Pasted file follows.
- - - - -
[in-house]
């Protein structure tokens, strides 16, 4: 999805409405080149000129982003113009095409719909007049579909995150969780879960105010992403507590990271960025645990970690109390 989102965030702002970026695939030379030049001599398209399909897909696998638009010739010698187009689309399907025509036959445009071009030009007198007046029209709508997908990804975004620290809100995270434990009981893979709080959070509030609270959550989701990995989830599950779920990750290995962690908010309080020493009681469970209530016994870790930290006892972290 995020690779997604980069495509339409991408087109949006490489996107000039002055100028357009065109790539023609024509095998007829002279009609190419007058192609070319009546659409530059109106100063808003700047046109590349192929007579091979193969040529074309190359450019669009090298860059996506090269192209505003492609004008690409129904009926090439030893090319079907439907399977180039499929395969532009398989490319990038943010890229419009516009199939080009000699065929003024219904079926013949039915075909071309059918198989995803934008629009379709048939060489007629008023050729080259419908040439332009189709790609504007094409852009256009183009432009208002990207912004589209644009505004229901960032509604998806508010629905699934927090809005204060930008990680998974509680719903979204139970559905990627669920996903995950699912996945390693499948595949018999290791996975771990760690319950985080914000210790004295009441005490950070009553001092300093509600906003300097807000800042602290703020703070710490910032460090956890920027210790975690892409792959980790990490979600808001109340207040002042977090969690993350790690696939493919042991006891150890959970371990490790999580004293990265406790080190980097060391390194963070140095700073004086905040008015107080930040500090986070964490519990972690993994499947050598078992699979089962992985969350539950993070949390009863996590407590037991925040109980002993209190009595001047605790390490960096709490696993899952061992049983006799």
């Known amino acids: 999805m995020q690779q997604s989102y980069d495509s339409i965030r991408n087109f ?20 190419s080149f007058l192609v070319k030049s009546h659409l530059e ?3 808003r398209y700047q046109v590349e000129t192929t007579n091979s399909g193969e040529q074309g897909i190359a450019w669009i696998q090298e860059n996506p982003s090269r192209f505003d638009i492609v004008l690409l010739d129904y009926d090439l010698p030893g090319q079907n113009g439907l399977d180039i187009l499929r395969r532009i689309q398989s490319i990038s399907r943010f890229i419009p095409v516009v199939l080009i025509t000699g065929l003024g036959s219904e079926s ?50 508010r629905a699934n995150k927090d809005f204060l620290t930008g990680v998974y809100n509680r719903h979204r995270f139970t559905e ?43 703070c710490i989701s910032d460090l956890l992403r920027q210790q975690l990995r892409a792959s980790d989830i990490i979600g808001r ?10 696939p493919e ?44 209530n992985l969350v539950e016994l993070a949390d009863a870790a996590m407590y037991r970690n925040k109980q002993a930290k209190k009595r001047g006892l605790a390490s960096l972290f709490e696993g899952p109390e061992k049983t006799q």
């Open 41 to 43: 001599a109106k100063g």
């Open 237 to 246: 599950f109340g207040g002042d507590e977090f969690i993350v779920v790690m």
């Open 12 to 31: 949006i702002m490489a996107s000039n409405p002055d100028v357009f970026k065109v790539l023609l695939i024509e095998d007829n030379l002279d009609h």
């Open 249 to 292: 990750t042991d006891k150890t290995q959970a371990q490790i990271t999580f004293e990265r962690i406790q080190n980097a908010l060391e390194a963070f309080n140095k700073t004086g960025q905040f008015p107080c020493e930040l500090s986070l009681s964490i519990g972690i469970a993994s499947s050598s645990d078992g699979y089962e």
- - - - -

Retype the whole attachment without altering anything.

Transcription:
[in-house]
């Protein structure tokens, strides 16, 4: 999805409405080149000129982003113009095409719909007049579909995150969780879960105010992403507590990271960025645990970690109390 989102965030702002970026695939030379030049001599398209399909897909696998638009010739010698187009689309399907025509036959445009071009030009007198007046029209709508997908990804975004620290809100995270434990009981893979709080959070509030609270959550989701990995989830599950779920990750290995962690908010309080020493009681469970209530016994870790930290006892972290 995020690779997604980069495509339409991408087109949006490489996107000039002055100028357009065109790539023609024509095998007829002279009609190419007058192609070319009546659409530059109106100063808003700047046109590349192929007579091979193969040529074309190359450019669009090298860059996506090269192209505003492609004008690409129904009926090439030893090319079907439907399977180039499929395969532009398989490319990038943010890229419009516009199939080009000699065929003024219904079926013949039915075909071309059918198989995803934008629009379709048939060489007629008023050729080259419908040439332009189709790609504007094409852009256009183009432009208002990207912004589209644009505004229901960032509604998806508010629905699934927090809005204060930008990680998974509680719903979204139970559905990627669920996903995950699912996945390693499948595949018999290791996975771990760690319950985080914000210790004295009441005490950070009553001092300093509600906003300097807000800042602290703020703070710490910032460090956890920027210790975690892409792959980790990490979600808001109340207040002042977090969690993350790690696939493919042991006891150890959970371990490790999580004293990265406790080190980097060391390194963070140095700073004086905040008015107080930040500090986070964490519990972690993994499947050598078992699979089962992985969350539950993070949390009863996590407590037991925040109980002993209190009595001047605790390490960096709490696993899952061992049983006799």
């Known amino acids: 999805m995020q690779q997604s989102y980069d495509s339409i965030r991408n087109f ?20 190419s080149f007058l192609v070319k030049s009546h659409l530059e ?3 808003r398209y700047q046109v590349e000129t192929t007579n091979s399909g193969e040529q074309g897909i190359a450019w669009i696998q090298e860059n996506p982003s090269r192209f505003d638009i492609v004008l690409l010739d129904y009926d090439l010698p030893g090319q079907n113009g439907l399977d180039i187009l499929r395969r532009i689309q398989s490319i990038s399907r943010f890229i419009p095409v516009v199939l080009i025509t000699g065929l003024g036959s219904e079926s ?50 508010r629905a699934n995150k927090d809005f204060l620290t930008g990680v998974y809100n509680r719903h979204r995270f139970t559905e ?43 703070c710490i989701s910032d460090l956890l992403r920027q210790q975690l990995r892409a792959s980790d989830i990490i979600g808001r ?10 696939p493919e ?44 209530n992985l969350v539950e016994l993070a949390d009863a870790a996590m407590y037991r970690n925040k109980q002993a930290k209190k009595r001047g006892l605790a390490s960096l972290f709490e696993g899952p109390e061992k049983t006799q």
């Open 41 to 43: 001599a109106k100063g």
């Open 237 to 246: 599950f109340g207040g002042d507590e977090f969690i993350v779920v790690m």
């Open 12 to 31: 949006i702002m490489a996107s000039n409405p002055d100028v357009f970026k065109v790539l023609l695939i024509e095998d007829n030379l002279d009609h």
């Open 249 to 292: 990750t042991d006891k150890t290995q959970a371990q490790i990271t999580f004293e990265r962690i406790q080190n980097a908010l060391e390194a963070f309080n140095k700073t004086g960025q905040f008015p107080c020493e930040l500090s986070l009681s964490i519990g972690i469970a993994s499947s050598s645990d078992g699979y089962e």